John Cheng, “Astounding Wounder: Imagining Science and Science Fiction in Interwar America” (University of Pennsylvania Press, 2012)
John Cheng‘s new book Astounding Wonder: Imagining Science and Science Fiction in Interwar America (University of Pennsylvania Press, 2012) uncovers the material and social circumstances that created the social phenomenon of American science fiction. To a population already enamored… Read More
Ellen F. Brown and John Wiley, Jr., “Margaret Mitchell’s Gone With the Wind” (Taylor Trade Publishing, 2011)
Much ink has been spilled in telling the story of the making of Gone With the Wind– be it the book, the movie, or the subsequent musicals and merchandise. So it’s not only refreshing but downright commendable that in… Read More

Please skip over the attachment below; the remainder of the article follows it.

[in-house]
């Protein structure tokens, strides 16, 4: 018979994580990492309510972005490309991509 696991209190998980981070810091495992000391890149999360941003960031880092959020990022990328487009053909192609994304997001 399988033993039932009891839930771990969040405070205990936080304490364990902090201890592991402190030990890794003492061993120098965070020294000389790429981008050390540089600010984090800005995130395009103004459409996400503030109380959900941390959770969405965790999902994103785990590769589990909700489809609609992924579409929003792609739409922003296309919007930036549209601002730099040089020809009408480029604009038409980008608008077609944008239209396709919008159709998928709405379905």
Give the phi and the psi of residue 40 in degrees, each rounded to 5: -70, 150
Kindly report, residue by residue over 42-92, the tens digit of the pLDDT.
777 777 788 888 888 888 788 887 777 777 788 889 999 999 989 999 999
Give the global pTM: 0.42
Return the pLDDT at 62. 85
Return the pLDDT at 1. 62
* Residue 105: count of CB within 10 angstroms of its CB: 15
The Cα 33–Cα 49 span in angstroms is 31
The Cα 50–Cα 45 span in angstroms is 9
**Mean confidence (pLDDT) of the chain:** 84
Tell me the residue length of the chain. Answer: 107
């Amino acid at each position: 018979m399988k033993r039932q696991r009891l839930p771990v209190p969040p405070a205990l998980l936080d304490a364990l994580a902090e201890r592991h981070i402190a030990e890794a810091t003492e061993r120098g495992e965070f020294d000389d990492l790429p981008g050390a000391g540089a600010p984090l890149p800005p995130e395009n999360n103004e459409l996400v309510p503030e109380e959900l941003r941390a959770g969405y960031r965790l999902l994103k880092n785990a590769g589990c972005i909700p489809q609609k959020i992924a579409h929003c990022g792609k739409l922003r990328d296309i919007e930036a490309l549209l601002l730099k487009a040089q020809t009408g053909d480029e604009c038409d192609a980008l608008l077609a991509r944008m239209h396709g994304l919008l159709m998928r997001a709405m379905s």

Robert Lipsyte, “An Accidental Sportswriter: A Memoir” (Ecco, 2011)
In the summer of 1957, Robert Lipsyte answered a classified ad. He was an English major who needed some cash, and The New York Times was looking for an editorial assistant. He went to work on the night shift… Read More
Elizabeth West, “African Spirituality in Black Women’s Fiction: Threaded Visions of Memory, Community, Nature, and Being” (Lexington Books, 2011)
Elizabeth West has written an insightful study about the presence of African spirituality in the autobiographies, poetry, speeches and novels of African American women, ranging from Phylis Wheatley to Harriet Wilson to Zora Neale Hurston. West’s book is titled African Read More
Cherene Sherrard-Johnson, “Dorothy West’s Paradise:  A Biography of Class and Color” (Rutgers UP, 2012)
One lesson that the ever-present trickster figure in African American folklore teaches is how to use signifying to protect one’s intimate self. A challenge of writing Dorothy West’s life is getting beyond the masks she presents before the ever-prying gaze.… Read More
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